Shopping cart is empty.

Birchbark Blog

Thank You, Pilgrims

Louise Erdrich - Sunday, November 22, 2009
Thank you, Pilgrims!

No, not buckle pilgrims -- book pilgrims.

 Our little bookstore would never survive without the Pilgrims who come to visit us from every part of the world.  Thank you for coming to visit us.  Thank you for drinking coffee at the Kenwood Cafe.  Thank you for sitting in the reading chairs and for telling us how and why you came to Birchbark Books.  Thank you for sharing the green stuff that lubricates the wheels of civilization.  Over the summer and fall, we've have visitors from Italy, Canada, China, Germany, England, Nigeria, Ireland, Turkey, Sweden, Japan, Romania, Mississippi, North Dakota, and Maple Grove, Minnesota, from the nations of Leech Lake, Red Lake, White Earth, Turtle Mountain, Pine Ridge, Rosebud, and ICELAND ( !), to name just a few locales where literati decide that when visiting Minneapolis they will find Birchbark Books.

It is always such a pleasure to find out how and why people arrive at the blue Birchbark door (blue to resist evil spirits).  Often they have been dragged in by a relative, it is true.  But that relative has a love of books and little bookstores, and passes this on.  Many times the next generation is imbued with the spirit of the place.  We have children who have grown up reading such books as A Coyote Solstice Tale, by Thomas King, pictures by Gary Clement.  The perfect book to read in the Birchbark Loft.  This is a wonderful coyote sweet and funny book, a gentle anti-Christmas craziiness story that resonated with me and will, I think, with every mother and father whose children's visions of sugar plums require them to visit a crowded mall.  It made me want to drink hot chocolate and curl up with a good book.

I plan on curling up (again) with Our Knowledge Is Not Primitive, Decolonizing Botanical Anishinaabe Teachings, by Wendy Makoons Geniusz.   This book is several things at once: a primer on truth, an innovative Anishinabe-English language text, a grand discussion of what has been already written about Anishinabe use of plants, and a delightful act of love.   Decolonized knowledge of the world allows a person access to the entire range of human experience of nature -- from use to song to dream to dance.  This work is eye-opening and joyous .  And it is one of my favorite books of the year.   

Canoe Family

Recent PostsRSS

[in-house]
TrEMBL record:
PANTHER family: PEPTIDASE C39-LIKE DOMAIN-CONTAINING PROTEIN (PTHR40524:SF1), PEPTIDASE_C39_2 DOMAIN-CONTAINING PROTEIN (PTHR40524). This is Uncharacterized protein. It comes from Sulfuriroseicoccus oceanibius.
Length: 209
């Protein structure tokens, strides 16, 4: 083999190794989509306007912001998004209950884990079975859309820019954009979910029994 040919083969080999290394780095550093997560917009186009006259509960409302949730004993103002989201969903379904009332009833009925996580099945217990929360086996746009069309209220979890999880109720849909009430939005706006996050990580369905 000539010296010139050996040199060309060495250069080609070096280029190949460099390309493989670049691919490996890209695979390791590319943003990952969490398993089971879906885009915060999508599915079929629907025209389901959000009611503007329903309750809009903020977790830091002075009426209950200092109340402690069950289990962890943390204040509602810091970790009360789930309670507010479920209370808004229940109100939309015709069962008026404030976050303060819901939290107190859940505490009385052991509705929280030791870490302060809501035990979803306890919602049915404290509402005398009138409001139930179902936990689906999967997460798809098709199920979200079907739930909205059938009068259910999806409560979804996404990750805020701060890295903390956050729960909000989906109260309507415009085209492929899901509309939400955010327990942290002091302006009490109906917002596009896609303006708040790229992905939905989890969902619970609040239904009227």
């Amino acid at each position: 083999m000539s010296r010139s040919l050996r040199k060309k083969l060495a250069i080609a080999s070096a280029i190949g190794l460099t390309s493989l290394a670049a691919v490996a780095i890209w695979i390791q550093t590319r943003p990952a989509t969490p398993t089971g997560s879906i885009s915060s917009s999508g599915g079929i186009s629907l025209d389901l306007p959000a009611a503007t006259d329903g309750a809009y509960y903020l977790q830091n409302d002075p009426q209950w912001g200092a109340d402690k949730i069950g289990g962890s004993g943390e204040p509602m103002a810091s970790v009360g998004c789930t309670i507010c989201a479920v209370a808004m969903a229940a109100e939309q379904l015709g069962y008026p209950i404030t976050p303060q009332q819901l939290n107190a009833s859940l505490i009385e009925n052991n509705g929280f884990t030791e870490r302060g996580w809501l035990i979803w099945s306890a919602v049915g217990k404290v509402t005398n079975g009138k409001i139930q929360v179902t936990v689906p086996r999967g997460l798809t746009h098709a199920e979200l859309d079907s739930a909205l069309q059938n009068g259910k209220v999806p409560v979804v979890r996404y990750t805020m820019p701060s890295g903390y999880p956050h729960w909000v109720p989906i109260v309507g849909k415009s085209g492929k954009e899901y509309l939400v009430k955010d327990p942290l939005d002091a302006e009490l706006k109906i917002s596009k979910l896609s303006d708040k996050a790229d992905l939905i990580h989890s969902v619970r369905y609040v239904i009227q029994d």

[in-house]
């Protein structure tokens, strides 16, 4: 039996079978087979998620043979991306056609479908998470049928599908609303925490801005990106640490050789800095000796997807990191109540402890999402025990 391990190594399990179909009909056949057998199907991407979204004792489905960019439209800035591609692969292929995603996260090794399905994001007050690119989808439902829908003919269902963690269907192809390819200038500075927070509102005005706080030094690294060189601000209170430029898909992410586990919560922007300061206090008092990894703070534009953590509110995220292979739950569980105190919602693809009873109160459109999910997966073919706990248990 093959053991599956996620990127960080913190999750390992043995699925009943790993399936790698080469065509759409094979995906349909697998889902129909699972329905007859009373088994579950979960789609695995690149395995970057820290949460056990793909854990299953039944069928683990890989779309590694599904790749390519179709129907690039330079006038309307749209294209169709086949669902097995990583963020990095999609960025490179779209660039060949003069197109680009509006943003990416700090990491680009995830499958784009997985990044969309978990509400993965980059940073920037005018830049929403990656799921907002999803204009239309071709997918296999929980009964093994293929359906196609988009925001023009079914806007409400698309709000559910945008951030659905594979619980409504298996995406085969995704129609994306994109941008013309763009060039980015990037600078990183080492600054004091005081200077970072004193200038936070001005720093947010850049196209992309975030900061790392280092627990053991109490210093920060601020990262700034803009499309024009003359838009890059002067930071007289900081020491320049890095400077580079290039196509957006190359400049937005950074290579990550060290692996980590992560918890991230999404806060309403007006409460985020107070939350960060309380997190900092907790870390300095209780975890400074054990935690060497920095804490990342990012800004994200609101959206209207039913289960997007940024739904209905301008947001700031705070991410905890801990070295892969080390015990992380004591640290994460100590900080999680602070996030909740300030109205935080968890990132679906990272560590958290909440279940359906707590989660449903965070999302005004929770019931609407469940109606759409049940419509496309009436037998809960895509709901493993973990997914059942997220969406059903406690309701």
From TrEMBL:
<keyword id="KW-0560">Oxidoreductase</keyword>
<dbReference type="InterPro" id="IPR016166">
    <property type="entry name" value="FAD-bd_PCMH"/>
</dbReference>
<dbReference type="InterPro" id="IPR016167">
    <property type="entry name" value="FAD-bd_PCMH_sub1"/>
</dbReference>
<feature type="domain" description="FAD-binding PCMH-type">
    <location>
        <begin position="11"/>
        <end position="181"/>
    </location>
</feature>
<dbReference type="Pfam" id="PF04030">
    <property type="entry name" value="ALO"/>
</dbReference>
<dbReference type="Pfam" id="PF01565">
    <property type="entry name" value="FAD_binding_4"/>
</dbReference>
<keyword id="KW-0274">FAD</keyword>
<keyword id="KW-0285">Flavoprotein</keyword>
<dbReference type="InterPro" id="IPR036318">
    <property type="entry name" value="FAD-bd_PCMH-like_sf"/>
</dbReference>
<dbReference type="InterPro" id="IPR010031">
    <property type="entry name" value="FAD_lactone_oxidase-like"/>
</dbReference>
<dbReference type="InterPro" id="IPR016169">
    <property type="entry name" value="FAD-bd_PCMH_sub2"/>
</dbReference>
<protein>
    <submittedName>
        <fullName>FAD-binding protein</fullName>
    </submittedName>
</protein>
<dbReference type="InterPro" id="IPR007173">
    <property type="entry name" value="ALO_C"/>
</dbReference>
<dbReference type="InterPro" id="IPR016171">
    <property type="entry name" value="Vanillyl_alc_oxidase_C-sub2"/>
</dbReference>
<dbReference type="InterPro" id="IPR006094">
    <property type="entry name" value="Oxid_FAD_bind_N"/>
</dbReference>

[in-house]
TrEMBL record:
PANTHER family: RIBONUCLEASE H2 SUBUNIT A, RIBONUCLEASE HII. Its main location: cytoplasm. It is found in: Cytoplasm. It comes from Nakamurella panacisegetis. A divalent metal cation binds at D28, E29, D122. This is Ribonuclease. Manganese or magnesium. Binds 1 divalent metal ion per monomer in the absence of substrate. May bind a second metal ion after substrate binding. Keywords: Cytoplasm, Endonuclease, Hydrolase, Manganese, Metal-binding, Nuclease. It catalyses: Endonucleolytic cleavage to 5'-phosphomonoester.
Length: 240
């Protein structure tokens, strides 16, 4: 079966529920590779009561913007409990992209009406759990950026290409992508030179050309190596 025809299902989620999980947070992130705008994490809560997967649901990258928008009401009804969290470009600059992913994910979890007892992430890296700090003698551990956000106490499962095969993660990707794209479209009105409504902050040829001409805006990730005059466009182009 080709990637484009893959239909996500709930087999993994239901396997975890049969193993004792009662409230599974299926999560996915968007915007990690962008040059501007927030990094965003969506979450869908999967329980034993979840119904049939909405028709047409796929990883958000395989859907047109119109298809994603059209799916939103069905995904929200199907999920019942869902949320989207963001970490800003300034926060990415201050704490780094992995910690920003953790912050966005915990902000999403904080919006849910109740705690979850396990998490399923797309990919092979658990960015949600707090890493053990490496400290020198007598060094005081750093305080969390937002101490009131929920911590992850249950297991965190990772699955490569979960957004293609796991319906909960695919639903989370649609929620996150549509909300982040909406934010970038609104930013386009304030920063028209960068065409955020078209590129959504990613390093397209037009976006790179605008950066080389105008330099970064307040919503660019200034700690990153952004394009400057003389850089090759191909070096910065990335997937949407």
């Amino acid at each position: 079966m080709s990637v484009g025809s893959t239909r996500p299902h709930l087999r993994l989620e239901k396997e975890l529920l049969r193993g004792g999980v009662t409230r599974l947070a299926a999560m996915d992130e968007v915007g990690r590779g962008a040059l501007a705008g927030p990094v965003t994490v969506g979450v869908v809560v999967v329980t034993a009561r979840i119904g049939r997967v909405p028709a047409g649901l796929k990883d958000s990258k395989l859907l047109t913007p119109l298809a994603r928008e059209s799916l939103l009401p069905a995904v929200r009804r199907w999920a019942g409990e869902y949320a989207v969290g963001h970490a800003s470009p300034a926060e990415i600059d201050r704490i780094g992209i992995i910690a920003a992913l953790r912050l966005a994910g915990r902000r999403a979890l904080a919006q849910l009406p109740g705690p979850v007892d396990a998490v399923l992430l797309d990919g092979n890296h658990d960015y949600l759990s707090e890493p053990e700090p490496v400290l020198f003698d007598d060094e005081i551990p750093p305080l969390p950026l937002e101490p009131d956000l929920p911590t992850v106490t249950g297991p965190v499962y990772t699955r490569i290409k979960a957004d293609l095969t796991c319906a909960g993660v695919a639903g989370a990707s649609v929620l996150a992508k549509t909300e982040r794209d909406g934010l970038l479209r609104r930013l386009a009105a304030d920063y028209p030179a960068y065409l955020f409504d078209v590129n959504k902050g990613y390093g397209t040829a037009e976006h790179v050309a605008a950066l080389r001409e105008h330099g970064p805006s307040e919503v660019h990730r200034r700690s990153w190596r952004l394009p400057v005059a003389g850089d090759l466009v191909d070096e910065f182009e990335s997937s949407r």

health care reform Minneapolis British Navy language revitalization plants joy spring Magers and Quinn William Trevor Light in August Poetry gardens Islam Wolf Hall Chickadee ireland School Gardens china mississippi Ojibwe This Green World how good looking you are customers Canada Native People Nero Education Greenland trees Unnatural Disasters Our Knowledge Is Not Primitive green 2666 graphix Afghanistan buffalo The Royal Prussian Library cafe closing Aubrey/Maturin Green Team Alan Weisman The Transition Handbook Video coyote The Farmer's Daughter Dogs thanks anniversary Keystone XL incarnation Ojibwemowin Small Bookstores as Commons support devoted customers Peak Water favorite dog aquifer World on the Edge Anishinabe Dartmouth The Birchbark House bill mckibben Bill Moyers Journal Easter Island The Ojibwe Louise Milkweed Press Interview Anton Treuer friends cafe Jim Harrison Catalyst NACDI:All My Relations S.C. Gwynne Remarkable Trees Kenwood Gardens Ice Kate DiCamillo Makoons boarding school book and dinner club neighborhood State Troopers The Resilient Gardener The Game of Silence fresh water Czech Writer Hillary Clinton pilgrims favorite book Pembina knowledge leaves and snow Beth Dooley Keeping Heart on Pine Ridge Gail Caldwell Alice Munro Nemesis birchbark house series The Porcupine Year favorite tree Chitra Divakaruni Peak Oil Tar Sands Mohamed's Ghosts Up Late Again local economy Anishinabemowin italy Collective Denial Empire of the Summer Moon Population thank you friends Rare Books Patrick O'Brian post holiday Vic Glover the most romantic city in the world Climate Change Crushing Books National Book Award Kabul Bohumil Hrabal north dakota Let's Take the Long Way Home Women and Trees Native Arts Book Review Zombies sweden The Wealth of Nature adventure city of books Stephen Salisbury tree books solstice, Thomas King Love monkey in a dryer Gryphon Press President Obama Minnesota post holiday reads ependent More Remarkable Trees ptsd Hilary Mantel germany Tree Houses Wastepaper peculiar touches of green and gold show your love gratitude Brown Dog Roberto Bolano Fireworks photography E.L. Doctorow Aza Philip Roth Too Loud A Solitude Victory Gardens Wendy Makoons Geniusz Keepers of the Trees H2Oil Botany Gary Clement Bleak House Emily Johnson The Blue Sky france twins japan Michael Jackson Ha Jin Mankato Powwow Too Much Happiness Birchbark Books euphoria